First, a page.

Testing a 1997 Checkmate Pulsare 2100: An Oldie, But a Goodie
Checkmate boats has been a staple in the family performance boat game since 1963. Originally started by boat racer Bill Combs in Bucyrus Ohio, the company has laid its foundation in great design, value, and a variety of models. In the early years, Checkmate was known for smaller outboards like the MX, and grew to offer boats up to 30’ feet. Some of their best sellers and most well regarded hulls have been the 21 Starflite, and the Pulsare 2100 which came after the former. Now owned by the parent company of Hustler Powerboats, the company continues the tradition of high quality family performance boats.
My family has owned a 1997 Pulsare 2100 closed deck since new. My Dad got a great deal on it in the spring of 1997, and we’ve put over 20 seasons into the boat, and it still shows incredibly well. Let’s do a test and overview of this older Checkmate Pulare.
The fact that a boat can still perform so well over the years speaks to its design. At around 1300 lbs, the sleek 21 has a 19 degree deadrise hull and sharp full length strakes, allowing the boat to track extremely well. Even the though the Pulsare isn’t the fastest 21 out there, it more than makes up for it in drive-ability, and practicality. With a modest 200 EFI Mercury, you can touch 70 MPH. This one has a 23” Laser 2 prop, which matches well with the 200, setup with a 5.5” CMC jack plate. The propshaft is well below the pad, because the engine does not have low water pickups, so the advantage of a small 3 blade prop on this setup is that it generally reduces drag, improving overall performance, and performs well all around.
With all prop vent holes open, the Checkmate gets on plane quickly. Mercury’s venerable little 2.5 liter two stroke is one of the most reliable outboard engines ever produced. I know OMC and Yamaha guys are cringing at that statement, but it’s true. The wide 95’ beam makes the boat not only really stable at speed, but with the hull design, can really feel confident in higher speed turning. Not deep enough to be a wave crusher, but for most lakes, it does well, and is actually pretty fun in some light chop. This engine is stock, except for having Bob’s Machine solid upper and lower motor mounts.
Being an older engine, with probably around 800 Hours, the trusty Mercury is a bit of a guzzler at higher RPM, but not terrible cruising. 3800 RPM, and 4200 RPM seem to be sweet spots.
Our particular boat had the transom redone about 5 years ago, with the wood being replaced, knees and the new glass was painted fresh white. A metal plate was added to beef it up further, and overall it is stronger than new. Many boats have wood transoms, getting 20 years out of it is about right. Checkmate uses full balsa core construction, which is great. Balsa is still a very light and strong material for core in boats. The gelcoat work is where Checkmate really shines. Our 97 Pulsare is in excellent condition, and mostly garage kept. Not only does it shine and hold its bold red color, the stripes are all gelcoat, with a flawless finish. Overall fit and finish is good, not high end custom boat level, but better than most family boats.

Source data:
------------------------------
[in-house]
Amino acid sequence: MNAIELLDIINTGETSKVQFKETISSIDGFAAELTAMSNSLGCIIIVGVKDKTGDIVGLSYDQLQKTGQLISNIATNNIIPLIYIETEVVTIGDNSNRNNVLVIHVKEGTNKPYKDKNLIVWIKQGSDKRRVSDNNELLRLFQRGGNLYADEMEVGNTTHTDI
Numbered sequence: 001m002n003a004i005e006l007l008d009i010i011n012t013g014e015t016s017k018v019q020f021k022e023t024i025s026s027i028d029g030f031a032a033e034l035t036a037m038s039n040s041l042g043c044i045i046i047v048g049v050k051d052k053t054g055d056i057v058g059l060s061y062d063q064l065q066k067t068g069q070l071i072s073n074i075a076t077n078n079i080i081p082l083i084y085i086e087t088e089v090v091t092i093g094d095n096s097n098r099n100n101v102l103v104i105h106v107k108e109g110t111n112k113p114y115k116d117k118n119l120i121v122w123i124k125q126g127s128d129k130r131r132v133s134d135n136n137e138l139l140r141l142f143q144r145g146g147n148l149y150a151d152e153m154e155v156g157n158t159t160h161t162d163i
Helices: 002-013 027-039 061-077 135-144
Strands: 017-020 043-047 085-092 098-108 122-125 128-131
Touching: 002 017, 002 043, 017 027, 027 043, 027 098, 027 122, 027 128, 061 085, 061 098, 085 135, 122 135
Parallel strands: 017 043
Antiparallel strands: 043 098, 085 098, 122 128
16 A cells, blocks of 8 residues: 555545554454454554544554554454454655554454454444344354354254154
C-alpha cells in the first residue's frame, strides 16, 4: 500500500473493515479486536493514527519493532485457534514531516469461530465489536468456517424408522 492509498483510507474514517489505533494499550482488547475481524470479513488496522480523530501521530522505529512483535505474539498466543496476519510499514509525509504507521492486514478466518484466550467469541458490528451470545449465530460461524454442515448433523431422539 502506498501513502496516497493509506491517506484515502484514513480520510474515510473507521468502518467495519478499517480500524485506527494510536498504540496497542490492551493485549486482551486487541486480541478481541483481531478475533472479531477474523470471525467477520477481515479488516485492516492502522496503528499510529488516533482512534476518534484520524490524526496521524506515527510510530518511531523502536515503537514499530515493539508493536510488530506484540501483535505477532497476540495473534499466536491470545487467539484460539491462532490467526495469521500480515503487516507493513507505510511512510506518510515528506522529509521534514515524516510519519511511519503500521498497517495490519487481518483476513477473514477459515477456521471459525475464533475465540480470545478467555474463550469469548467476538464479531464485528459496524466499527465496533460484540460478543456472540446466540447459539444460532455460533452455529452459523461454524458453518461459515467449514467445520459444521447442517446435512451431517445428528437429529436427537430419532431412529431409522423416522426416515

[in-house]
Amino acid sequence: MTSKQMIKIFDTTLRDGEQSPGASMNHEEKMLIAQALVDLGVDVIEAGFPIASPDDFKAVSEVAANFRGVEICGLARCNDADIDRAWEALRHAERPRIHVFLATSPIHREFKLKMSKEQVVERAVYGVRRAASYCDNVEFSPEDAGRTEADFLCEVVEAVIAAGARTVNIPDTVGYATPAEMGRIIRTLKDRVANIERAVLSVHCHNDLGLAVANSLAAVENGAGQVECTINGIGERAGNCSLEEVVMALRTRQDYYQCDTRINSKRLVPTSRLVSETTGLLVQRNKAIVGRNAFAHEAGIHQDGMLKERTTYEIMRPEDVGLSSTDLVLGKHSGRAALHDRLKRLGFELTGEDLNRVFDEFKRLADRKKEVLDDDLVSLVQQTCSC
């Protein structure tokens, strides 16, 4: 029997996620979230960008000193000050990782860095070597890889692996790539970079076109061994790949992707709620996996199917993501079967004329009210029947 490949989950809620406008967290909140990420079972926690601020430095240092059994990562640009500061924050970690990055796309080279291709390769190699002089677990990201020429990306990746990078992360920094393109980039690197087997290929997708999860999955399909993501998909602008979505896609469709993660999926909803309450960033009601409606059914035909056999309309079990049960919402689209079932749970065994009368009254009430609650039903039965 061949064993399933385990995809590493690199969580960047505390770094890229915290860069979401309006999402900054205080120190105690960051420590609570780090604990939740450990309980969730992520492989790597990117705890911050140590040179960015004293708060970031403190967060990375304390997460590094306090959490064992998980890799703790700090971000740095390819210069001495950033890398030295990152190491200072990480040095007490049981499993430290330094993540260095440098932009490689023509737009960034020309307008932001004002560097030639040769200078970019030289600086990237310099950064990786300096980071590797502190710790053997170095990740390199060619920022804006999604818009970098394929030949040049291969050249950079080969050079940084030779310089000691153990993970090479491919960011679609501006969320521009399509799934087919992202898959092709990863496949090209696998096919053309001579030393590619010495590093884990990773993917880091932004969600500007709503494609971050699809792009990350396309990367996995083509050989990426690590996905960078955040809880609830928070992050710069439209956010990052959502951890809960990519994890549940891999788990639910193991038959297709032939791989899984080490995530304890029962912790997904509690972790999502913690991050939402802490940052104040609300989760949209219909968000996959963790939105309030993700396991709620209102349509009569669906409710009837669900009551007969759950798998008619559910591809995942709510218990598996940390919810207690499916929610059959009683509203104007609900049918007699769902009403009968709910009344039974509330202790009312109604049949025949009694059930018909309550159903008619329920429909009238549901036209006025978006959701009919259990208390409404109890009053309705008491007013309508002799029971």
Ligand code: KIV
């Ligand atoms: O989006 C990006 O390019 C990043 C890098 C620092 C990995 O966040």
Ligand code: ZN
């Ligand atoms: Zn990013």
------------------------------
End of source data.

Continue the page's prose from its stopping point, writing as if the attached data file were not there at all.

The interior is a great 2 plus 3 layout, well situated, and features a adjustable buckets up front. Additionally, there is a well positioned foot stop to bolster yourself, and a padded armrests perfectly placed. The only criticism here is the seats are quite high, they are on posts, and you could probably cut them down a few inches. Instead, we custom made some wind visors with a simple bracket, but I think I’d like siting lower better.
Achieving 69 MPH with the 23” Laser 2 is respectable, reading about 6,200 RPM on the analog tachometer. With some adjustments, that number could surely be improved. But, the way the boat is setup, it drives well in any situation. I’d probably set the engine back a bit more, raise it slightly and try a few different props, but this was just an overview of how it is setup now. And it works really well.
If your’e looking for a 21’ family boat, that is great value, this is one of the better boats you can get today. An open bow is available, but the closed bow is the way to go. For powering a new one, I’d look at the new Mercury 3.4L 225 four stroke as the best option, and if you wanted to save a few bucks, the new 175 ProXS would probably outperform this older 200 two stroke. The 225 should get you to mid to high 70s. The new Mercury Racing 250R would be an absolute beast on here.